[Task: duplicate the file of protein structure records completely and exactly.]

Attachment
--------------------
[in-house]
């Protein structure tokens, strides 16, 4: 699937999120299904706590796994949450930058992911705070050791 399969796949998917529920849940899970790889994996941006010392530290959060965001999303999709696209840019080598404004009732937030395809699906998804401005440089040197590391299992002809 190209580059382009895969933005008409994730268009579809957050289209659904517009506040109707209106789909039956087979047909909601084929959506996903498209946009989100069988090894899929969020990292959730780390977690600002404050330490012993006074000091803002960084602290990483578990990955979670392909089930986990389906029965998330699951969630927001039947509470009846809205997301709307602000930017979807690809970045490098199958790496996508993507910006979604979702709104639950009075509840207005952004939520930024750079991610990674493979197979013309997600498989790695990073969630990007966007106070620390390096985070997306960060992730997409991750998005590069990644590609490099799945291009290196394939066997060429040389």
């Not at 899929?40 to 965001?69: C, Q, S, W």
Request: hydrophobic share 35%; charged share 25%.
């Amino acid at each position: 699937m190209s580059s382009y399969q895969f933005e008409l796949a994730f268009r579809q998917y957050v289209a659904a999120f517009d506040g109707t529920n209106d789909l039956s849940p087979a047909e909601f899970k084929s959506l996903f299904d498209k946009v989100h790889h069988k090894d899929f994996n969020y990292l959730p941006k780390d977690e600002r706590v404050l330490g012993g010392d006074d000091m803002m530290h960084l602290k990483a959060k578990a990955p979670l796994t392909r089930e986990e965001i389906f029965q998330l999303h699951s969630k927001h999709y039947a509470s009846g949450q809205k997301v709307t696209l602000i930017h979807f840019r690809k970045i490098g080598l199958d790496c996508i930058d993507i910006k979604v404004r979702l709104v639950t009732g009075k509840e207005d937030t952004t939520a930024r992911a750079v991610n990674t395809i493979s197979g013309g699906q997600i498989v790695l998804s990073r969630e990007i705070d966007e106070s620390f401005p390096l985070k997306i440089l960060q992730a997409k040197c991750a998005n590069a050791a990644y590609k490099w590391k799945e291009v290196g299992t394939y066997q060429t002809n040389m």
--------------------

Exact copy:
[in-house]
């Protein structure tokens, strides 16, 4: 699937999120299904706590796994949450930058992911705070050791 399969796949998917529920849940899970790889994996941006010392530290959060965001999303999709696209840019080598404004009732937030395809699906998804401005440089040197590391299992002809 190209580059382009895969933005008409994730268009579809957050289209659904517009506040109707209106789909039956087979047909909601084929959506996903498209946009989100069988090894899929969020990292959730780390977690600002404050330490012993006074000091803002960084602290990483578990990955979670392909089930986990389906029965998330699951969630927001039947509470009846809205997301709307602000930017979807690809970045490098199958790496996508993507910006979604979702709104639950009075509840207005952004939520930024750079991610990674493979197979013309997600498989790695990073969630990007966007106070620390390096985070997306960060992730997409991750998005590069990644590609490099799945291009290196394939066997060429040389």
């Not at 899929?40 to 965001?69: C, Q, S, W």
Request: hydrophobic share 35%; charged share 25%.
């Amino acid at each position: 699937m190209s580059s382009y399969q895969f933005e008409l796949a994730f268009r579809q998917y957050v289209a659904a999120f517009d506040g109707t529920n209106d789909l039956s849940p087979a047909e909601f899970k084929s959506l996903f299904d498209k946009v989100h790889h069988k090894d899929f994996n969020y990292l959730p941006k780390d977690e600002r706590v404050l330490g012993g010392d006074d000091m803002m530290h960084l602290k990483a959060k578990a990955p979670l796994t392909r089930e986990e965001i389906f029965q998330l999303h699951s969630k927001h999709y039947a509470s009846g949450q809205k997301v709307t696209l602000i930017h979807f840019r690809k970045i490098g080598l199958d790496c996508i930058d993507i910006k979604v404004r979702l709104v639950t009732g009075k509840e207005d937030t952004t939520a930024r992911a750079v991610n990674t395809i493979s197979g013309g699906q997600i498989v790695l998804s990073r969630e990007i705070d966007e106070s620390f401005p390096l985070k997306i440089l960060q992730a997409k040197c991750a998005n590069a050791a990644y590609k490099w590391k799945e291009v290196g299992t394939y066997q060429t002809n040389m």